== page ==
Carri Raynor (she/her)
Carri Raynor is a suicide loss survivor and works as the Family Lead for Tapestry. She also is the Coordinator for the Suicide Prevention Alliance of Chautauqua County. After losing her husband Dan to suicide, Carri has dedicated over 10 years of educating her community on suicide prevention and mental health awareness. Carri sits on the board of the American Foundation for Suicide Prevention (AFSP) Western New York, a volunteer for AFSP’s Healing Conversations program. She is a certified mental health trainer in many evidence based curricula such as Youth and Adult Mental Health First Aid, Sources of Strength and AFSP’s Talk Saves Lives, More Than Sad and It’s Real. She facilitates a Survivor of Suicide Loss support group and has much experience in fundraising by coordinating over 14 community suicide awareness events each year. Carri resides in Western New York with her daughter Laken and dog Otis Pickle.
Tessa Fadale (she/her)
Tessa Fadale is the project assistant for Tapestry Resilience Initiative. She supports Tapestry initiatives with data collection and research collaboratively with SUNY Research Foundation to improve child and family serving systems in the county. She is a Chautauqua County native and enjoys gardening and riding horses. Tessa graduated from the SUNY Fredonia Social Work program and is pursuing public health at SUNY Albany.
Rachel M Ludwig LCSW (she/her)
Rachel Ludwig is the Project Director for Tapestry System of Care in Chautauqua County, NY. Chautauqua County has had a Cooperative Agreement with SAMHSA since 2008. Tapestry is currently in Year 2 of a 4 year CMHI grant.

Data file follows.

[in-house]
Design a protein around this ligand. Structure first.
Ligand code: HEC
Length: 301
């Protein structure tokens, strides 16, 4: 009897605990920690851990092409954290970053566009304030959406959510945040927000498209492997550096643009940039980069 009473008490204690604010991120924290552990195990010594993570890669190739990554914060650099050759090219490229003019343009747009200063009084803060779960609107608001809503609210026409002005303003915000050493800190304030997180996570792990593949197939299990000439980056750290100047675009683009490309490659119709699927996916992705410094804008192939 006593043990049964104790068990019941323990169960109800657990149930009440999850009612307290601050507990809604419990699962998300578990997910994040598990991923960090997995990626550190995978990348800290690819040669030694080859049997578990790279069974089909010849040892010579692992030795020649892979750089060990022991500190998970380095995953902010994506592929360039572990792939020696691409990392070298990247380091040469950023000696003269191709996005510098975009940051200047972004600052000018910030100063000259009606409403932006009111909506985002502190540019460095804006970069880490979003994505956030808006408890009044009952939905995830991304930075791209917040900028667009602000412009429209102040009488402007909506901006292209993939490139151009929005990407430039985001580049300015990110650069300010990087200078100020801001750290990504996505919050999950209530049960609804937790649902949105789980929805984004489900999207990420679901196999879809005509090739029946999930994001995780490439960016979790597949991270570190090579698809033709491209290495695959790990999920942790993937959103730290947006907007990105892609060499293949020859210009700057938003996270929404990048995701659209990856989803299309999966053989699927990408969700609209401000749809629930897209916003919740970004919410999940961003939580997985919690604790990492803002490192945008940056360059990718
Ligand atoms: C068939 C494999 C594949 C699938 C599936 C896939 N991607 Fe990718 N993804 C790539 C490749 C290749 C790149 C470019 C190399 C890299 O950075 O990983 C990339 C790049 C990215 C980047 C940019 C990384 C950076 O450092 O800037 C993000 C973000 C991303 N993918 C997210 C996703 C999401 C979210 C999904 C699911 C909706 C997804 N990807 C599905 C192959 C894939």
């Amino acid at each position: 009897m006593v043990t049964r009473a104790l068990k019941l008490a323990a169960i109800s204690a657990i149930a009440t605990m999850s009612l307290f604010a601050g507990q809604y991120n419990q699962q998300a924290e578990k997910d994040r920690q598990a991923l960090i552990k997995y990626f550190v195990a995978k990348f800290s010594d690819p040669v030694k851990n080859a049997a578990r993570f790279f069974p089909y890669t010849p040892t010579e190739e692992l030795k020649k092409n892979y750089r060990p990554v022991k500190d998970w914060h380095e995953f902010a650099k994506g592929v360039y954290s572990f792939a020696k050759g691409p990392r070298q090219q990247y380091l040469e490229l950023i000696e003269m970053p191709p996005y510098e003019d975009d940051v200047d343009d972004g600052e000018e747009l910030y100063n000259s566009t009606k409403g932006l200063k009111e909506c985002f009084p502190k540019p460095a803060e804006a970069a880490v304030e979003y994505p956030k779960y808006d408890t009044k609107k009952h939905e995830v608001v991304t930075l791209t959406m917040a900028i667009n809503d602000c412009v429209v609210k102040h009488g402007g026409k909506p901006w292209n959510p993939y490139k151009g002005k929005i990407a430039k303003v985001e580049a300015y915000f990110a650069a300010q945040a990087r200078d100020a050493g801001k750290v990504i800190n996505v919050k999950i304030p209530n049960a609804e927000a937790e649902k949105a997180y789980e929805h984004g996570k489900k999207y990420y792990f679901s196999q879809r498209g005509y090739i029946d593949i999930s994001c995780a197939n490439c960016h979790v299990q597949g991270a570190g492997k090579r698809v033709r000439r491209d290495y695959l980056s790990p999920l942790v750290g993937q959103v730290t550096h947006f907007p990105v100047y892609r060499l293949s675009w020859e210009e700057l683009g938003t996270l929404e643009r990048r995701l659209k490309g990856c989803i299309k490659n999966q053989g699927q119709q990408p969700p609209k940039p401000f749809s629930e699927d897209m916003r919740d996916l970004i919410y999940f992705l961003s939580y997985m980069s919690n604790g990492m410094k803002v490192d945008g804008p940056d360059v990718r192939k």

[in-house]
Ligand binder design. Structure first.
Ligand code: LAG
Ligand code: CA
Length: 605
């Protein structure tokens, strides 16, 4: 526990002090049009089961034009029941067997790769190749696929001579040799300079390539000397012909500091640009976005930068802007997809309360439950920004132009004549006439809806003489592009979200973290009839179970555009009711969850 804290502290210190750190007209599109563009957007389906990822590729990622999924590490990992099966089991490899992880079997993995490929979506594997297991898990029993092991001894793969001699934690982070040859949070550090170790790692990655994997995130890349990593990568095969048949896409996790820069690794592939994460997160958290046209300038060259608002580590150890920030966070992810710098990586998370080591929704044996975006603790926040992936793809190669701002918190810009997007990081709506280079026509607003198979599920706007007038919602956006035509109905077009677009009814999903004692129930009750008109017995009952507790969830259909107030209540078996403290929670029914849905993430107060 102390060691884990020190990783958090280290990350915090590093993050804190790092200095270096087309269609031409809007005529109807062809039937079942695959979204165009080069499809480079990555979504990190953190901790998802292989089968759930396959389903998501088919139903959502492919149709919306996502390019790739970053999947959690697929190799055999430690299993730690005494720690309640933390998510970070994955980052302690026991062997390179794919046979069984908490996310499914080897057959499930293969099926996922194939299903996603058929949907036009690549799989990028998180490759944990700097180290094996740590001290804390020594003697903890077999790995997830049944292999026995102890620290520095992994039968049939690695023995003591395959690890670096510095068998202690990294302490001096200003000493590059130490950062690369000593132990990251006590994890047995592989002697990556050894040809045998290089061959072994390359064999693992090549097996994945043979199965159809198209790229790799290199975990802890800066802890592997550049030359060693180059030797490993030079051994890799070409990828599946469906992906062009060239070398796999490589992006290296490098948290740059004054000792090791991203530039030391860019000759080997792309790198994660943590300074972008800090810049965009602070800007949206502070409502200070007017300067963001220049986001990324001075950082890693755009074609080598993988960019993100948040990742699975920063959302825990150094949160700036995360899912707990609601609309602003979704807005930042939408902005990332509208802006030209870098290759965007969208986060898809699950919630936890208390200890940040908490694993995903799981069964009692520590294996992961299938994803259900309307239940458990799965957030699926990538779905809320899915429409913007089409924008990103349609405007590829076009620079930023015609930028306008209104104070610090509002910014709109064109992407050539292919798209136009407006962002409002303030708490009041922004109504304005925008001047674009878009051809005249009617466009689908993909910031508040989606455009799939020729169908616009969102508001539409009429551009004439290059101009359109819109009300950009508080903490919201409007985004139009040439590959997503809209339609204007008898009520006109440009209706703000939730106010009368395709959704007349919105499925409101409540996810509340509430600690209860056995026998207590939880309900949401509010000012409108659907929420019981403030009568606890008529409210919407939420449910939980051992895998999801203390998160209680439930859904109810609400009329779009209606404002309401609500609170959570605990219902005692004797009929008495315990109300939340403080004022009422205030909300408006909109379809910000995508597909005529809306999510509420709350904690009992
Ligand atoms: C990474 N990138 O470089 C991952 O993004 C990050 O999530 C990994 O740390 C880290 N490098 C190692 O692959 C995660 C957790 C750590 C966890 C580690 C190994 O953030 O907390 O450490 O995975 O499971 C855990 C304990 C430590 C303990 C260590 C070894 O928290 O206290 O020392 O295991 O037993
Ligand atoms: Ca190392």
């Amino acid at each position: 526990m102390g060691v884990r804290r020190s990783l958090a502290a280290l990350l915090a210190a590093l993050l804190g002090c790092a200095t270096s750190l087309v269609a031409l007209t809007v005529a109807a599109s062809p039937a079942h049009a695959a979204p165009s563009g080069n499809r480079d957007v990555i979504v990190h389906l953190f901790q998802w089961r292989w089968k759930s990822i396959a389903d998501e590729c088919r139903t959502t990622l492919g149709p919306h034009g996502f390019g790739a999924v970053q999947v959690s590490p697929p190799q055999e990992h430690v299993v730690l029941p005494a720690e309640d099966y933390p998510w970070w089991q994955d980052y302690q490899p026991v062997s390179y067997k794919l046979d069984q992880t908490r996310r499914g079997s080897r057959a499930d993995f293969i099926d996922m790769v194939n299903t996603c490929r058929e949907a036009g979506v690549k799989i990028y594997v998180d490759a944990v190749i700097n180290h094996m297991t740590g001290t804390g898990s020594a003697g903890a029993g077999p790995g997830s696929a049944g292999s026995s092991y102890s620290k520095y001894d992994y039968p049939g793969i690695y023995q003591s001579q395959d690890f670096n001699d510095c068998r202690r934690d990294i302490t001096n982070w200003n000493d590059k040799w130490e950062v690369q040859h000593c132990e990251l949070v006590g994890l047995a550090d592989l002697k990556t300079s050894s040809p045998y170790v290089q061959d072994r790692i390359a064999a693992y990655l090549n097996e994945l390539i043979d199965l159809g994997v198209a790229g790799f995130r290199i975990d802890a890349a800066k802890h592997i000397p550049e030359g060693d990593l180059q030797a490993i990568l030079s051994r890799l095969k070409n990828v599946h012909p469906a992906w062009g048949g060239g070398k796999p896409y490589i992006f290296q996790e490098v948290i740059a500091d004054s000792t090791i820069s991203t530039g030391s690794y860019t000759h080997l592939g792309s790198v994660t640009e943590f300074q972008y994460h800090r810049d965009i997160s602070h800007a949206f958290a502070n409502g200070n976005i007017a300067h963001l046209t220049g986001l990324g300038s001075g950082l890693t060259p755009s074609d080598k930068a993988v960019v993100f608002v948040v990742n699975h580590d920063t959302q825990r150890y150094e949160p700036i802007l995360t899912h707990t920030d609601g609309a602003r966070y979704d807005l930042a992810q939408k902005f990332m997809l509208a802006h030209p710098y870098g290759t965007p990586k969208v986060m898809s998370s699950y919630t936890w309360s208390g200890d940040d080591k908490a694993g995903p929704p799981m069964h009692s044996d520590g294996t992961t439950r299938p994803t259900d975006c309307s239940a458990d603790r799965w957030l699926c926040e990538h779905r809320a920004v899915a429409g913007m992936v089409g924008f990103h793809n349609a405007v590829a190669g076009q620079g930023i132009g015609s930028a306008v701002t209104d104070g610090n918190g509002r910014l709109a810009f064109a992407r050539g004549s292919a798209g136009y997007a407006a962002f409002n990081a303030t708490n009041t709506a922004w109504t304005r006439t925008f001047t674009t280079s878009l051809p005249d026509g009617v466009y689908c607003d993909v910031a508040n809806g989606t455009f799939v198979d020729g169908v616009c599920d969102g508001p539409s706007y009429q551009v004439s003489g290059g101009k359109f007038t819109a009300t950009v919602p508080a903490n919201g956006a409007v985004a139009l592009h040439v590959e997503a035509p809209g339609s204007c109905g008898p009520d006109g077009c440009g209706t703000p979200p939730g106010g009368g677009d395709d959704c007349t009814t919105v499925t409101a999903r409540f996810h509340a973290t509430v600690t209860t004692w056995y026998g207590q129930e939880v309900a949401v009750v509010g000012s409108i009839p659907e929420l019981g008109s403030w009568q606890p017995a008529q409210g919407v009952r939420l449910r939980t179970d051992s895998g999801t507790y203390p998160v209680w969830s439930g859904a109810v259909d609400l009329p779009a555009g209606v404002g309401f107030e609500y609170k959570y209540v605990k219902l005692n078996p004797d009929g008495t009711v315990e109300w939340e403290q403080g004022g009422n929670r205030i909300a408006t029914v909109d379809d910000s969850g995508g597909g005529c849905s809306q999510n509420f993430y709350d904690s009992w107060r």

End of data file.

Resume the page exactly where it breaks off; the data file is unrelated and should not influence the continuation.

Rachel is a Licensed Clinical Social Worker with over 25 years of experience in child and adolescent therapeutic interventions and family therapy through direct practice and administrative roles in community, residential and governmental settings in PA and NY. She is trained in numerous modalities with overall focus on wellness and integrated care.
Rachel has taught at the bachelor and master level at two universities’ schools of social work.She has presented at numerous state-wide and national conferences on topics including building partnerships in system of care, high fidelity wraparound, evidence based practices, trauma informed care, family driven care and evaluation.
Rachel currently serves on several community boards. She most enjoys time with family; especially outdoor adventures and road trips, sporting events, and gardening.
Chautauqua Tapestry was established in 2008 with a federal grant from SAMHSA, given to the Chautauqua County Department of Mental Hygiene, to establish a system of care in Chautauqua County. After the initial success, SAMHSA has awarded more federal grants to fund the continuation of this work. The most recent expansion of the grant is called Tapestry Resilience. This grant is focused on expanding the system of care for two specific age groups: children aged 0 to 8 years, and college-age students, 18-21 years.